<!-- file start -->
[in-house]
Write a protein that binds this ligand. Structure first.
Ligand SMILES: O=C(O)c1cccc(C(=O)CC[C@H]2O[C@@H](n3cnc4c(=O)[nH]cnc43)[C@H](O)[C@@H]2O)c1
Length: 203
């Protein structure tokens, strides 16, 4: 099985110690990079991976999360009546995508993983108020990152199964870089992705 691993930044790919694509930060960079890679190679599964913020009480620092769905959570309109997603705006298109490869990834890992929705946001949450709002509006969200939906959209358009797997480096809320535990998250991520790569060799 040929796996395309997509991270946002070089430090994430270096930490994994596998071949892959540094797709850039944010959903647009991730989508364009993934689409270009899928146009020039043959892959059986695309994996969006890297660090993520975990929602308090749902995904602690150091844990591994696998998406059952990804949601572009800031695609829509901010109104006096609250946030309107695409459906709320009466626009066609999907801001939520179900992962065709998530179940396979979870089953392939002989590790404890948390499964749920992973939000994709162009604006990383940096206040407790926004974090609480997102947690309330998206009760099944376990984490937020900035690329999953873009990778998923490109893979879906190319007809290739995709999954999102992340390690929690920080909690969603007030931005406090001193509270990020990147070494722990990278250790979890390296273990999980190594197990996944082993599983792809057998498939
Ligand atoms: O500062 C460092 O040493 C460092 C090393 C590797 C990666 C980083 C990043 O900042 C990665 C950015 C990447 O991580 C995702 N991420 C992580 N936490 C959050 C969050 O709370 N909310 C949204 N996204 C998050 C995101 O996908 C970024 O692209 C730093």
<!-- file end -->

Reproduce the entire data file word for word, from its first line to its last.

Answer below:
[in-house]
Write a protein that binds this ligand. Structure first.
Ligand SMILES: O=C(O)c1cccc(C(=O)CC[C@H]2O[C@@H](n3cnc4c(=O)[nH]cnc43)[C@H](O)[C@@H]2O)c1
Length: 203
């Protein structure tokens, strides 16, 4: 099985110690990079991976999360009546995508993983108020990152199964870089992705 691993930044790919694509930060960079890679190679599964913020009480620092769905959570309109997603705006298109490869990834890992929705946001949450709002509006969200939906959209358009797997480096809320535990998250991520790569060799 040929796996395309997509991270946002070089430090994430270096930490994994596998071949892959540094797709850039944010959903647009991730989508364009993934689409270009899928146009020039043959892959059986695309994996969006890297660090993520975990929602308090749902995904602690150091844990591994696998998406059952990804949601572009800031695609829509901010109104006096609250946030309107695409459906709320009466626009066609999907801001939520179900992962065709998530179940396979979870089953392939002989590790404890948390499964749920992973939000994709162009604006990383940096206040407790926004974090609480997102947690309330998206009760099944376990984490937020900035690329999953873009990778998923490109893979879906190319007809290739995709999954999102992340390690929690920080909690969603007030931005406090001193509270990020990147070494722990990278250790979890390296273990999980190594197990996944082993599983792809057998498939
Ligand atoms: O500062 C460092 O040493 C460092 C090393 C590797 C990666 C980083 C990043 O900042 C990665 C950015 C990447 O991580 C995702 N991420 C992580 N936490 C959050 C969050 O709370 N909310 C949204 N996204 C998050 C995101 O996908 C970024 O692209 C730093």